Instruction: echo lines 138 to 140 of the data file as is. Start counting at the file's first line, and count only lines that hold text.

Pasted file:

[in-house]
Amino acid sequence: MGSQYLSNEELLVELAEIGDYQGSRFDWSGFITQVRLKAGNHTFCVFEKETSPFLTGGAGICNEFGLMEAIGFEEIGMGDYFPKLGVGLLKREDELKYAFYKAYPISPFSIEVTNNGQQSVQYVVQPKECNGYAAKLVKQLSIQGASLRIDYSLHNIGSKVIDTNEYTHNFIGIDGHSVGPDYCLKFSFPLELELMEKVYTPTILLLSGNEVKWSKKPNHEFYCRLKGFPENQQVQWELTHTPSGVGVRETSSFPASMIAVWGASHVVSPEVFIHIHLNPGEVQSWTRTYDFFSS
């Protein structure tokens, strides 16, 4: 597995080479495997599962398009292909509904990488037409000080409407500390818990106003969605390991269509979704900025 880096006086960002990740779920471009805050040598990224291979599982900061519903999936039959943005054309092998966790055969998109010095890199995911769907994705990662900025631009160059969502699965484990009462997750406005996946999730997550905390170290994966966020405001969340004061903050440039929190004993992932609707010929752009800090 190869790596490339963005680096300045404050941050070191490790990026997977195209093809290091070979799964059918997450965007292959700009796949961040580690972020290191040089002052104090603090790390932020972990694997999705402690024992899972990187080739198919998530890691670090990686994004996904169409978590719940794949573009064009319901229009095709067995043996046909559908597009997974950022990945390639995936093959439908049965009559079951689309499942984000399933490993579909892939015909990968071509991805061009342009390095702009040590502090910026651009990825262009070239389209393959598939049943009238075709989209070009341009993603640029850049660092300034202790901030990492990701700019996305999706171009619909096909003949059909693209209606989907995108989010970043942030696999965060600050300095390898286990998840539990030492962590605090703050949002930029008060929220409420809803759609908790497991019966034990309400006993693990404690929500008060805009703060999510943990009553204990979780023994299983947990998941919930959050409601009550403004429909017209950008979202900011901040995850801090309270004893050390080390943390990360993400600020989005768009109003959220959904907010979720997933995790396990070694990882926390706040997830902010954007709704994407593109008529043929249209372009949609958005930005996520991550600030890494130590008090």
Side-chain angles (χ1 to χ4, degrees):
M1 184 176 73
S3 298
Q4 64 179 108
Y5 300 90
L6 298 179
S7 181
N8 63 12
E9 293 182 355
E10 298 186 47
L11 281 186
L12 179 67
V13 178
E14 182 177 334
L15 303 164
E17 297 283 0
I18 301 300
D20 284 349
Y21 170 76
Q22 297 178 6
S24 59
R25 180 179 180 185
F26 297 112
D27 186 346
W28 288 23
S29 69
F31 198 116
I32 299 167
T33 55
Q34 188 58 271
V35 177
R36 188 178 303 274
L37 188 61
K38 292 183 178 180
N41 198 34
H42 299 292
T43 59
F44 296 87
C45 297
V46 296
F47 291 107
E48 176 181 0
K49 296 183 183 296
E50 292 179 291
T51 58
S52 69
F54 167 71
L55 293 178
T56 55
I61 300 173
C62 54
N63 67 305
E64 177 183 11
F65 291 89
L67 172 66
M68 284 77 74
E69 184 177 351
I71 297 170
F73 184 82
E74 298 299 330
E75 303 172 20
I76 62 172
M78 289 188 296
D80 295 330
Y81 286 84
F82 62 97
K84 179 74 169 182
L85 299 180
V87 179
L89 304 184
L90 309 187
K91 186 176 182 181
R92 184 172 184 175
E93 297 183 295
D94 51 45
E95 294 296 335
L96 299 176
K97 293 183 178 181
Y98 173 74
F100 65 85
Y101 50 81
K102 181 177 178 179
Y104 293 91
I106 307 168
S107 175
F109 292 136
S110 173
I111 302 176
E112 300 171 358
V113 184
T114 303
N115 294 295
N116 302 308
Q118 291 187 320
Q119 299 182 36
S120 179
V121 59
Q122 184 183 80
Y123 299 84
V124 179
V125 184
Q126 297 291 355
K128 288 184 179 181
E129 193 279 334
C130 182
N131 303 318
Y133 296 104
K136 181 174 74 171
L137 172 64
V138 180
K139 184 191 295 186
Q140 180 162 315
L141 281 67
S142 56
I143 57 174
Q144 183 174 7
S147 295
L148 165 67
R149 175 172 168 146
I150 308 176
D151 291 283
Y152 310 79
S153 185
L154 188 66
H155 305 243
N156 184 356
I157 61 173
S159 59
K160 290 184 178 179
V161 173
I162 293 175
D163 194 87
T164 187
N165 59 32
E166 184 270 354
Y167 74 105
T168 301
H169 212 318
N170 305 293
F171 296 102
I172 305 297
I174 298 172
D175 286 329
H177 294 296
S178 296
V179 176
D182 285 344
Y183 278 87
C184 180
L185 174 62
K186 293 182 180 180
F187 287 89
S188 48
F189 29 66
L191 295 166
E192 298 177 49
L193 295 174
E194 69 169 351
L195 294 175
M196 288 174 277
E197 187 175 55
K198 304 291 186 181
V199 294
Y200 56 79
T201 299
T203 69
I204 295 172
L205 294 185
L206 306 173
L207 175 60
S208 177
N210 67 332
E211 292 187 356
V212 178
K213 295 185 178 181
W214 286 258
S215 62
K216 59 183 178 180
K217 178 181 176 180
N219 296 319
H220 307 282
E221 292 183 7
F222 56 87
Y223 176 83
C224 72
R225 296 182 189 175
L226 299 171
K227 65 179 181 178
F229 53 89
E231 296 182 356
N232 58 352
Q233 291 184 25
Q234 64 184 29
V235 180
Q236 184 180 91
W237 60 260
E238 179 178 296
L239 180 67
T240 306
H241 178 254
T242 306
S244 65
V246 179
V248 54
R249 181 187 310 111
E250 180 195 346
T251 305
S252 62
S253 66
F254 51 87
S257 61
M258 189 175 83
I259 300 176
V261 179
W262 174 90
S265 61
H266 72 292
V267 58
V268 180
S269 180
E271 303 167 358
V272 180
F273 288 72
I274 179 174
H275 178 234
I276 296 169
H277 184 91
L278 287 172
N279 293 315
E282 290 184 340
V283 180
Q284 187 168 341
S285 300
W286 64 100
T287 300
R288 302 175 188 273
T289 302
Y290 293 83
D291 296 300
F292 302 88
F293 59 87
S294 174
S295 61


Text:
E166 184 270 354
Y167 74 105
T168 301